20 Highly Intelligent, Complex & Thought-Provoking Films You Must See

In no particular order

1)   Fight Club (1999)

2)   The Machinist (2004)

3)   Inception (2010)

4)   Exam (2009)

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“Drive” Review

Drive (2011)

 ‘There’s something inside you, it’s hard to explain’

Starring Ryan Gosling and directed by Nicolas Winding Refn, ‘Drive’ may give the impression of being another cheap Hollywood crime thriller filled with pointless action scenes and meaningless dialogues. However, this first impression is false. Compared to other action films, ‘Drive’, is, in fact, gold itself found on top of some pile of garbage. With an amazing soundtrack, cast, performances, script and, above all, that nostalgic and unforgettable 80s feel to it, ‘Drive’ becomes an impressive movie, giving off brilliance of some kind of a cult movie, maybe only comparable to ‘Taxi Driver’ (1976).

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‘The Devil in the White City’ (2013)

Leonardo DiCaprio-Starring ‘The Devil in The White City’ Gets a Screenwriter – Graham Moore

Late last year, Leonardo DiCaprio and his production company, Appian Way (along with Double Features), picked up the rights to Erik Larson’s “The Devil in the White City: Murder, Magic And Madness At The Fair That Changed The World.” Larson’s non-fiction work is told in a more traditionally novelistic way, and it chronicles the story of one of America’s first serial killers, Dr. HH Holmes. Holmes was a charmer who used the Fair and a so-called “murder castle” to draw in his prey. Once in his home, he would use a number of terrifying contraptions to murder people, only to turn around and sell their skeletons for medical and scientific study. He’s believed to be responsible for at least twenty-seven murders, and as many as two hundred. Larson’s book also makes use of time period’s backdrop – the 1893 World’s Fair in Chicago. The book revolves around two men – Holmes and Daniel Burnham (the “chief architect” of the fair).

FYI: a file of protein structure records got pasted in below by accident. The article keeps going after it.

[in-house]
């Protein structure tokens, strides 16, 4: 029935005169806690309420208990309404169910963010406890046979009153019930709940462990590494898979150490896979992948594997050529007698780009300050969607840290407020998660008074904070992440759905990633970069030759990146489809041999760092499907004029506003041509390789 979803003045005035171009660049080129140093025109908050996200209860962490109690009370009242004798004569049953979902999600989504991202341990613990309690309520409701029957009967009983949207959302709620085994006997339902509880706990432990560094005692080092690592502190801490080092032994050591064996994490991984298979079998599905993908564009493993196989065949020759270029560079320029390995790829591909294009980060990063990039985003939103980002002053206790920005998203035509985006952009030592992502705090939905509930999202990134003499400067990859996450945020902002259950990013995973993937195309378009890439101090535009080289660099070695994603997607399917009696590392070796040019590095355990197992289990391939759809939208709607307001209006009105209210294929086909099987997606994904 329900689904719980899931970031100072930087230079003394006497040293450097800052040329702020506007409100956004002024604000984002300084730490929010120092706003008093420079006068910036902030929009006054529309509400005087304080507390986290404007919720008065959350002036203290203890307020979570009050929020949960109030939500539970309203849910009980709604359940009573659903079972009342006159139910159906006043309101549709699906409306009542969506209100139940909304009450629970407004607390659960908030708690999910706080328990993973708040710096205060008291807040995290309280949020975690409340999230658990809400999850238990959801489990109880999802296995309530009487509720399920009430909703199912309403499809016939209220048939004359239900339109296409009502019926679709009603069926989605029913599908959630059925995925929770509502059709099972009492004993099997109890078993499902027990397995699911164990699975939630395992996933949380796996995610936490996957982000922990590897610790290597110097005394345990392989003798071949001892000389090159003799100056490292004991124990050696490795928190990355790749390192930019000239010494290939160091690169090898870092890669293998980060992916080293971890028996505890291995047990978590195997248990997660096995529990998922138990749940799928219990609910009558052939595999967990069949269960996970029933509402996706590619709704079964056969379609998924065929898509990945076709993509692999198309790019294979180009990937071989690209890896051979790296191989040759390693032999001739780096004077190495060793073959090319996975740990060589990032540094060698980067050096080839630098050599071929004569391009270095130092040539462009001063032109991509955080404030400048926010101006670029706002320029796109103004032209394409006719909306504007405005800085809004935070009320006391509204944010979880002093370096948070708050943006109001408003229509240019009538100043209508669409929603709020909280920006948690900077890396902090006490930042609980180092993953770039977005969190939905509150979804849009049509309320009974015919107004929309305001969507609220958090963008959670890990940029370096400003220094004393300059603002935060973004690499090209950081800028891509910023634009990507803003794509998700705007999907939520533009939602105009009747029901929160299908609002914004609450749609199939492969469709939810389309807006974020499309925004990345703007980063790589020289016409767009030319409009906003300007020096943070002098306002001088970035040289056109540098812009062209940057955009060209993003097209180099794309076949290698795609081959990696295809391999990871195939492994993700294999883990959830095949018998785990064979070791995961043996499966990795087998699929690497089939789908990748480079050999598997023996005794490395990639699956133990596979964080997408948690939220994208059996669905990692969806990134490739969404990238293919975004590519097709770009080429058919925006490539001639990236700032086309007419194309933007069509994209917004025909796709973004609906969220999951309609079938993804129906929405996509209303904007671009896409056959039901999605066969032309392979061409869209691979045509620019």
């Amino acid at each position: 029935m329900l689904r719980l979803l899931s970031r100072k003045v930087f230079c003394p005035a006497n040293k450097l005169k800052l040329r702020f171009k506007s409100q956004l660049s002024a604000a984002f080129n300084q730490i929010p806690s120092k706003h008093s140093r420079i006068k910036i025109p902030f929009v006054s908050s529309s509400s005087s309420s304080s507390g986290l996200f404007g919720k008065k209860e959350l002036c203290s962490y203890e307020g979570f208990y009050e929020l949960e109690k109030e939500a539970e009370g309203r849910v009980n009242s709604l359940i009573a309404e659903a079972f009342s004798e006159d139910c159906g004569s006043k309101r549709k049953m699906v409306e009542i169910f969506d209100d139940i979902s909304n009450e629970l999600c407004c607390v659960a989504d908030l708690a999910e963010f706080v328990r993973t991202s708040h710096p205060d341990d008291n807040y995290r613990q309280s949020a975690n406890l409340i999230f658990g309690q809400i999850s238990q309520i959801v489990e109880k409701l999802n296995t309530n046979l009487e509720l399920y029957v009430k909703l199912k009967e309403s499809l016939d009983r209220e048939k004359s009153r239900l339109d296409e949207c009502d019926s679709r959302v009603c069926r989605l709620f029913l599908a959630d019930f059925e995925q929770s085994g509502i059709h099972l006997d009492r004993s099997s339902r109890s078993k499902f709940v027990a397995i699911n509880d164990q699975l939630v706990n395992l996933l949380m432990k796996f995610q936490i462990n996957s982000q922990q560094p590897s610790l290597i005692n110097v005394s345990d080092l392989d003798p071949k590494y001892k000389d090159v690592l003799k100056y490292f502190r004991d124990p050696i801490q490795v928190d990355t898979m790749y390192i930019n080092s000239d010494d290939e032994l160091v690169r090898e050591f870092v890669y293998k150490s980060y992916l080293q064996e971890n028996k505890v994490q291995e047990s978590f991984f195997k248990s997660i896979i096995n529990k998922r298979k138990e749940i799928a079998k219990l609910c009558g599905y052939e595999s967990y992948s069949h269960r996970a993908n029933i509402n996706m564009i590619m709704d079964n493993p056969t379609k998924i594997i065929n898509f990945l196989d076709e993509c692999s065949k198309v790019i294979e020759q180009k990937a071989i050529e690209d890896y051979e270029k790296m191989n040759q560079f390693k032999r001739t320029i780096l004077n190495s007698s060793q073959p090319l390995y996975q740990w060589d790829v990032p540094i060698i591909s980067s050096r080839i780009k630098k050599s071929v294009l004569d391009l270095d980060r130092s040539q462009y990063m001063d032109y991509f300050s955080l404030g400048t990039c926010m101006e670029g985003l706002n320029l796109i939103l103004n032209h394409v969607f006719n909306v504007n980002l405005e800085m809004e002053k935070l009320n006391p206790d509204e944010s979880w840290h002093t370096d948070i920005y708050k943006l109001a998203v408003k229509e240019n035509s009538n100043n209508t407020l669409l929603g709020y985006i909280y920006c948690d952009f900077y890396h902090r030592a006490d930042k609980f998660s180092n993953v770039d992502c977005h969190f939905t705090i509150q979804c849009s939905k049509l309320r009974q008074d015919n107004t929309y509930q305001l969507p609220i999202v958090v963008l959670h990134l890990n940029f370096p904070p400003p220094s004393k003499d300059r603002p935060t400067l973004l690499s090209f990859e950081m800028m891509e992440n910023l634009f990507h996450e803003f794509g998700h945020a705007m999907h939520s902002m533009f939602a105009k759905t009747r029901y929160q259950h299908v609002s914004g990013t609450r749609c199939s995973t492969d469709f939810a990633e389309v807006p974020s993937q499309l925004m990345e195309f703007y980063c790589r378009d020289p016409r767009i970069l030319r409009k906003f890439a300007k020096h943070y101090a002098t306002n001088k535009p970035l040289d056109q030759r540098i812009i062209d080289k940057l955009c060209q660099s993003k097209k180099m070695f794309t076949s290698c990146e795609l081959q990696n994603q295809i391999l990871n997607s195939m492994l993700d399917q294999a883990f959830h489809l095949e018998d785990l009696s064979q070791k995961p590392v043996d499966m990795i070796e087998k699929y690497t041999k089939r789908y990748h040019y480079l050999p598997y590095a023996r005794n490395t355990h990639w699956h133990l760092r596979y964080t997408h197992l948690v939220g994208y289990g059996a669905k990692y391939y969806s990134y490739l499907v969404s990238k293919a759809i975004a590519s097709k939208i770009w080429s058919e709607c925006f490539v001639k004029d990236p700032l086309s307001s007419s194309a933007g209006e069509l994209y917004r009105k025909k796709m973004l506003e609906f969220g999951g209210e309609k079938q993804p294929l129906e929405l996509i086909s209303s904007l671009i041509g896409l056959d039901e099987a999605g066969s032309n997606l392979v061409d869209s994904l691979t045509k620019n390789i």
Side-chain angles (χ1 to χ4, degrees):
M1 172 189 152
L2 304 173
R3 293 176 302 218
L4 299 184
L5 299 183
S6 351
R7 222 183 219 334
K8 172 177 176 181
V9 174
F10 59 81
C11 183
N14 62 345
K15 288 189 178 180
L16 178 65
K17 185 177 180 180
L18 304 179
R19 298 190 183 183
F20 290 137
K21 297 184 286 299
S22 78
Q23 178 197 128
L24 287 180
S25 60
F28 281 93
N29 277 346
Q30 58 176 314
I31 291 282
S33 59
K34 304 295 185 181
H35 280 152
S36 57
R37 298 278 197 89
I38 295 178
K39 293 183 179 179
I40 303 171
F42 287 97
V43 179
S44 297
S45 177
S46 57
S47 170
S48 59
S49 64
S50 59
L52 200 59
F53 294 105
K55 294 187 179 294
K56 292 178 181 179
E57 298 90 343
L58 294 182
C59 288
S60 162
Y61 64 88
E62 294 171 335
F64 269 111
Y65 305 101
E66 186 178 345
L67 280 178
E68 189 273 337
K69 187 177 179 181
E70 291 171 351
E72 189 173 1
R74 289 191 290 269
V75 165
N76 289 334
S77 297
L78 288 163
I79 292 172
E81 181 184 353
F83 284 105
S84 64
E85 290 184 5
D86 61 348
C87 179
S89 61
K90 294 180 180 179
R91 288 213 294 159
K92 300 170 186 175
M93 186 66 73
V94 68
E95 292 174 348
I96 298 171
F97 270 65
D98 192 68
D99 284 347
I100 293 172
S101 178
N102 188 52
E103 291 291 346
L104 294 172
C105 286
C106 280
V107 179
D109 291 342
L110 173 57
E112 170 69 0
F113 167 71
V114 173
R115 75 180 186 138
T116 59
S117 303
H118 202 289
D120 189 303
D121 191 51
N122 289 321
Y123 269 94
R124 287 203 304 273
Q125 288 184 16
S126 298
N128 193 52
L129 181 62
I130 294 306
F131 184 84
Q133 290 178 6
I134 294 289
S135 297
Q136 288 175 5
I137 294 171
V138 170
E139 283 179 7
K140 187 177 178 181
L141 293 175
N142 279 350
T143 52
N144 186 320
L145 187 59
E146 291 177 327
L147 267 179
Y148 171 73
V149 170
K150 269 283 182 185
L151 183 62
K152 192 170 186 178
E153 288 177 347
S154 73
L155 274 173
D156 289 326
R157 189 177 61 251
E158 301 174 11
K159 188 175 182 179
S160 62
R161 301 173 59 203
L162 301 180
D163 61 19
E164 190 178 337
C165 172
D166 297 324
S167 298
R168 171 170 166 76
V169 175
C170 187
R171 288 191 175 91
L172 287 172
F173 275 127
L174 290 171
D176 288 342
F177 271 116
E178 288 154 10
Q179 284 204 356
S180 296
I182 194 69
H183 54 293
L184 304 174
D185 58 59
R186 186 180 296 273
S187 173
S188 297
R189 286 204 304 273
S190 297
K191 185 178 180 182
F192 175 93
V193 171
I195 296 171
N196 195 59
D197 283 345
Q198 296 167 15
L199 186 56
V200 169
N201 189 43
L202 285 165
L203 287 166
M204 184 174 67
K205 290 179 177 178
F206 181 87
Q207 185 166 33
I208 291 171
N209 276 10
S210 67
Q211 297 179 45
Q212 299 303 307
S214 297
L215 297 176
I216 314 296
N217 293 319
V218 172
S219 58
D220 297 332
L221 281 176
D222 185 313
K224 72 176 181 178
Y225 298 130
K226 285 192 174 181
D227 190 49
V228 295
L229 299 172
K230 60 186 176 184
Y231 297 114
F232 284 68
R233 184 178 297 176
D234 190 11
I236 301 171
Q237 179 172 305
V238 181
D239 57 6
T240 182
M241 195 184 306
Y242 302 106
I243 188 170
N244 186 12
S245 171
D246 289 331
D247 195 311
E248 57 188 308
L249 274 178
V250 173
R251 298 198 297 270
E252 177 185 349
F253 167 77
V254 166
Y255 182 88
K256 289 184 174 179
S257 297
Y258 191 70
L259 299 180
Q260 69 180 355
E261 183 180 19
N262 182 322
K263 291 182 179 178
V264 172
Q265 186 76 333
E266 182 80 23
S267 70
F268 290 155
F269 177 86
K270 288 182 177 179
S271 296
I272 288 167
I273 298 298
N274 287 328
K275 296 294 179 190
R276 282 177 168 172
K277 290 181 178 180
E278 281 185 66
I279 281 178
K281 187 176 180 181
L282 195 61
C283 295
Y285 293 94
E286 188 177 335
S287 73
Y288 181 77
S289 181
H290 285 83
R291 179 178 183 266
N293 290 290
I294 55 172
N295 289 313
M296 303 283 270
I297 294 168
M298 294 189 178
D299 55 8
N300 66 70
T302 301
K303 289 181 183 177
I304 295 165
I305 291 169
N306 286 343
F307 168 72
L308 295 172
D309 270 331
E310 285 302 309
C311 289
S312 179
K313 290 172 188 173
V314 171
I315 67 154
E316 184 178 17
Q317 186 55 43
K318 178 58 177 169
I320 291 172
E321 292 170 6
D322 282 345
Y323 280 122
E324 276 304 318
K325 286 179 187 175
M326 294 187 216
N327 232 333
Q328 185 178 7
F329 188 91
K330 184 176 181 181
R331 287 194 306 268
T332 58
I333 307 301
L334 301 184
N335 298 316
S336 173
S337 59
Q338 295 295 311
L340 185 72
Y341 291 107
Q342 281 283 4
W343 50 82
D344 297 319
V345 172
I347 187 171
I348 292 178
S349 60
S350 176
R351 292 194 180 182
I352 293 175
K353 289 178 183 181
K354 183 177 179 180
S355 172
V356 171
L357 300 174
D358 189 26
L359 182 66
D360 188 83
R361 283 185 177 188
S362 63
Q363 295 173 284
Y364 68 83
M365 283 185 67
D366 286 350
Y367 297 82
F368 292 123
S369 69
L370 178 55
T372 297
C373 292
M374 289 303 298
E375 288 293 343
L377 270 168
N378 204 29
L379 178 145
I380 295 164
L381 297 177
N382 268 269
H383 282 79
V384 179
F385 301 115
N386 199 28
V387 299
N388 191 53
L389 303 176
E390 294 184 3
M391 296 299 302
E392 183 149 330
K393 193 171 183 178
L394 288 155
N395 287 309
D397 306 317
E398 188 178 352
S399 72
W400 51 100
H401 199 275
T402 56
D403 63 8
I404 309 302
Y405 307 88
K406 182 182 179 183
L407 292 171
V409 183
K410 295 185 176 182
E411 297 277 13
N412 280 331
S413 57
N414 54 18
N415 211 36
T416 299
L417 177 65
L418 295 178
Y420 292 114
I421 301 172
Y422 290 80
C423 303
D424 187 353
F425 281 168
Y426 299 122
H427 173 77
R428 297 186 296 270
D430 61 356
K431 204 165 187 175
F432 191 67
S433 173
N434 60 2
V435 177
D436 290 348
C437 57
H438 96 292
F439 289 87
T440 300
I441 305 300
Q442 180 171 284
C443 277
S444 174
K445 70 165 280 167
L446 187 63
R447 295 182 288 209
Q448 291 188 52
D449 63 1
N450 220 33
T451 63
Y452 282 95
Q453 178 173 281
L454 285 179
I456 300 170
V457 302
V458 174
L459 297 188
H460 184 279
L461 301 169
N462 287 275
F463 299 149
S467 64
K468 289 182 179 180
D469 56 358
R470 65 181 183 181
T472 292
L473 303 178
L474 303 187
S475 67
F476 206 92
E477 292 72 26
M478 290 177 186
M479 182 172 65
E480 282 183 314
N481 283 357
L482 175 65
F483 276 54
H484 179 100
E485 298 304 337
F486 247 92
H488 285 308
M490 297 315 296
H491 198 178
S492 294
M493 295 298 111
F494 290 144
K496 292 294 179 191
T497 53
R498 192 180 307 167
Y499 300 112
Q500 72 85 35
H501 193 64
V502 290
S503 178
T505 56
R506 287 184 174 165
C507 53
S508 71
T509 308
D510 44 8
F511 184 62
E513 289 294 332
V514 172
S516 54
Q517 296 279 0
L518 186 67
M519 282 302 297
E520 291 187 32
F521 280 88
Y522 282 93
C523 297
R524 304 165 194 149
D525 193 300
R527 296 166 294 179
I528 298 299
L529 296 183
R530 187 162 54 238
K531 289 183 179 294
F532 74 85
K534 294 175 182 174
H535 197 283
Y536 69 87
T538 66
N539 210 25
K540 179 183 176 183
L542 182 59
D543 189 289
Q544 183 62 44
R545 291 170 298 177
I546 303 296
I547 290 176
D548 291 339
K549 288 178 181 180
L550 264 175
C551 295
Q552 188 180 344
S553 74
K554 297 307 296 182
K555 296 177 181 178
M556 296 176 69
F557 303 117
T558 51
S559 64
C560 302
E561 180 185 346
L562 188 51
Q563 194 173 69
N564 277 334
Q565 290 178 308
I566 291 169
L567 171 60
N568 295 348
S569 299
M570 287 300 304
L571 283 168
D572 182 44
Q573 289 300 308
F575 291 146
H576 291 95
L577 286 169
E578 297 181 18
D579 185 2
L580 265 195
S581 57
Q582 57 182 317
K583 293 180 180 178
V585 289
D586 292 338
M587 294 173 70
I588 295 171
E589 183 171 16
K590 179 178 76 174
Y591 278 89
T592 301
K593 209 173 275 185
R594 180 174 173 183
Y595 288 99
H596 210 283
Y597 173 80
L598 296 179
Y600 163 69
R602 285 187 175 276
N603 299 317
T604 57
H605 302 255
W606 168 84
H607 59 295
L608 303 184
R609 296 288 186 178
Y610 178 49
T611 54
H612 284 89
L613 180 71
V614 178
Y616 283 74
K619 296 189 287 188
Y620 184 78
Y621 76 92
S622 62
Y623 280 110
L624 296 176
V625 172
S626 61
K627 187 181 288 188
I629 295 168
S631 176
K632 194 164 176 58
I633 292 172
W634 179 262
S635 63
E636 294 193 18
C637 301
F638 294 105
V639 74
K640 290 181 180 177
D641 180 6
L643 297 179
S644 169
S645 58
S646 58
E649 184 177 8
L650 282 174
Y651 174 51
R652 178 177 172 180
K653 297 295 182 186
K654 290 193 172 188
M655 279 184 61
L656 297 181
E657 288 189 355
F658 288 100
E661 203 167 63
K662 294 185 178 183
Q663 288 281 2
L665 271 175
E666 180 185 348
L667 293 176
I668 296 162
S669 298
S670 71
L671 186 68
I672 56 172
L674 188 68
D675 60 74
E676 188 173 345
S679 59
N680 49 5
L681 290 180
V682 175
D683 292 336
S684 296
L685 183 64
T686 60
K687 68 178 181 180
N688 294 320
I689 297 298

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“Black Swan” Review

Black Swan (2010)   


Directed by Darren Aronofsky, ‘Black Swan’ is an ambitious film promising to submerge one into the world of classical ballet, a game of sexual seduction, hallucinatory experiences and pure psychological delirium, but did it deliver?

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The Academy Awards 2011

With the Academy Awards 2012 nominations coming up in January 2012, I thought I would share my thoughts on the Academy Awards 2011. I will focus on the “Best Picture” and “Best Actress in a Leading Role” categories. 

As is well known, ‘The King’s Speech’ won the “Best Picture” Academy Award 2011, and other runner-ups were ‘Black Swan’, ‘The Fighter’, ‘The Kids Are All Right’, ‘True Grit’, ‘Inception’, ‘Toy Story 3’, ‘Winter’s Bone’, ‘The Social Network’ and ‘127 Hours’.

It could be argued that ‘The King’s Speech’ won the “Best Picture” Award not because it represents some exceptional cinematographic achievement, but simply because it had no real serious competitors in that year. To put it simply, ‘The King’s Speech’ won the “Best Picture” Award not because it was so good, but because other films in its category did not conform in any way to the Oscars’ ideas of what the “Best Picture” winner should look like. That “ideal” was set in the past. Though such a state of affairs happens at the Oscars every year, I would argue that the year of 2011 has seen some of the worst examples of cinematography compared to the past thirty years, with the Academy Awards’ standards falling the lowest since the early 80s.

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“A History of Violence” Review

A History of Violence (2005)


Since David Cronenberg’s ‘A Dangerous Method(2011) is coming to the UK’s cinemas February 2012, I thought I would review one of my favourites of this director’s films – ‘A History of Violence’. Cronenberg excels himself in this film, portraying violence at its very raw. 

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“Melancholia” Review

Melancholia (2011)


‘Melancholia‘ – you will either love it or hate it. The film is surely to awaken something in a viewer, be it some inexplicable feelings of unease or awe. However, given that the film is directed by no other than Lars Von Trier (a Danish director known for its controversially unusual films, e.g. ‘Antichrist (2009)), who once said that “a film should be like a rock in the shoe”, nothing less is expected.

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